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A Story from the South Molton County Court

In Victorian days, and into this century, it was the custom of local newspapers to cover court proceedings, often in great detail: sometimes verbatim accounts were given. These provided entertainment for their readers and opportunities not only for miscreants to be exposed, but also for local hostilities between individuals to be fought out in public. One such battle took place in the Courts in South Molton in the first half of the year 1912.

Under the headline "Witheridge Farmers Dispute" the South Molton Gazette of February 24th 1912, reported a case in which George Cock, of West Yeo Farm, Witheridge, charged George Selley, butcher, and owner of Hellingshayes Farm, and his son Francis, with "trespassing in pursuit of conies" on West Yeo Farm on January 18th. Both employed counsel and the defendants pleaded not guilty.

It was claimed that about midday on January 18th George Cock heard firing and saw George Selley standing beside a hedge dividing their two farms. A rabbit bolted and George Selley shot it. Cock approached the hedge, which he had always believed to be his and spoke to Selley senior, who denied damaging the hedge or ferreting in it and left the scene. Cock remained and saw a rabbit bolt followed by a ferret, which he caught and took home. The following week he received a letter from Selley's solicitor asking for the return of the ferret. Cock told the court that he owned the hedge, and this was supported by two local witnesses, one of whom stated that he kept up the hedge at Cock's order.

The defence however claimed that the Selley's were the owners of the disputed hedge, and their counsel sought to undermine the prosecution by reminding the court that if it could be shown that they had even the slightest ground for the title, then the court had no jurisdiction. George Selley claimed that the "fence" was his, he had rabbited it every winter for 13 or 14 years, and George had a grudge against him. He also told the Court that he was a churchwarden for the parish of Witheridge. (The property was in Worlington). The defence called witnesses to aver that the hedge was always part of Hellingshayes.

The magistrates, perhaps baffled by the contradictory evidence, and relieved to find a way out, dismissed the case on the grounds that they had no jurisdiction. But this was not the end of it, for the case was then scheduled for a judge and jury, and the jury were instructed to view the hedge, and in April they came out the nine miles from South Molton to inspect the scene of the alleged crime.

In June they were all back in court and at it again. Counsel for George Cock said there had been no dispute about ownership until January. He regretted that they "could not call the man who had made the hedge because he was dead, but they could call the man who saw him do it, and for whom it was made." He said "there was a presumption that when a man went to make a boundary or bond fence, he did it by standing at the extreme limit of his own land, taking the earth, and throwing it back on his own land so that the fence belonged to the man on whose side the ditch was not". In case this was not clear, Counsel told the jury that "to some extent there was a ditch on both sides", and that he was sure that they were capable of judging whether a man who claimed a hedge would go away and leave a ferret in it, and that only a man in a temper would have come and cut down the hedge timber before its time as Mr Selley had recently done. A former tenant of Hellingshayes, Mr Pugsley, had said the hedge was Mr Cock's.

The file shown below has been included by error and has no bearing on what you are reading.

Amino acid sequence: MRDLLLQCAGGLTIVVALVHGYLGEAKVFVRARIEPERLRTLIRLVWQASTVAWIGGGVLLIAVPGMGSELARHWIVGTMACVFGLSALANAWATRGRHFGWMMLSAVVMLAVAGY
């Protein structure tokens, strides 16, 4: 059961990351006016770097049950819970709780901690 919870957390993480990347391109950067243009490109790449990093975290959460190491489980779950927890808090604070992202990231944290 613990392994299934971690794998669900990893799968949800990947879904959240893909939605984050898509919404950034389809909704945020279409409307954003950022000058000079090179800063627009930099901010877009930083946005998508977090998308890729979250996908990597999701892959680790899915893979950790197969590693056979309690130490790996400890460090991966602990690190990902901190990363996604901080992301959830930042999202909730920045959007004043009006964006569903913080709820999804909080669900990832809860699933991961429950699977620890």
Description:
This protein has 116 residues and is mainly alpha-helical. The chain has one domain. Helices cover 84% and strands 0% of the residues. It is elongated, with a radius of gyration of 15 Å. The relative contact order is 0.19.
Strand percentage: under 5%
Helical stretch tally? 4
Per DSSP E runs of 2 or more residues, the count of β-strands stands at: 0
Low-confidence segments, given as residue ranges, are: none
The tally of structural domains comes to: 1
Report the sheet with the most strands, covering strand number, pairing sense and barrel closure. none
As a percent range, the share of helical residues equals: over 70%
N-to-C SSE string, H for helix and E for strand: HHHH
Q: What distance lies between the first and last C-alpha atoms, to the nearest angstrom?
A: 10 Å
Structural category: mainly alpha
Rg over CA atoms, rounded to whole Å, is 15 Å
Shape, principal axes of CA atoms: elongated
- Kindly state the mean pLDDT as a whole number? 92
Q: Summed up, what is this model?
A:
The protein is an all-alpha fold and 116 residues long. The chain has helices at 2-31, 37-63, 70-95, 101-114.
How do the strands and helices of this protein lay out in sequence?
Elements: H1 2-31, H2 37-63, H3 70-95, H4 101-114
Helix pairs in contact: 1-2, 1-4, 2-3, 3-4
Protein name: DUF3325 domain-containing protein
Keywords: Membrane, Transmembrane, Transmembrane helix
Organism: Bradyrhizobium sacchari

Mr Selley then took the stand and told the jury that "all the witnesses on the other side were telling lies". He was supported by five witnesses, including the rector of Meshaw. When the judge asked Mr Selley why, if the hedge was his, he had not repaired it, he received no answer.

Mr Selley's counsel in summing up offered joint ownership of the hedge as a solution. This was ridiculed by counsel for Mr Cock, who asked, what was a right in common in a hedge? Did they imagine two farmers standing a little distance apart and throwing clods at each other until a bank was made in between?" (Laughter in Court)" The jury were out for two hours, and then reported that they could not agree. They retired again and on their return found in favour of Messrs Cock, with costs against Mr Selley and damages of 40 shillings.

Comments on the expenditure of public and private time and money on this case was summed up in the words of George Cock's brother, who, although a joint prosecutor, wrote to the court as follows: "If my opinion had been asked I should have not thought of going to law, but should try to square matters over a glass of grog and a cigar"

South Molton Gazette's Feb 24th, April, 20th, June 22nd, 1912

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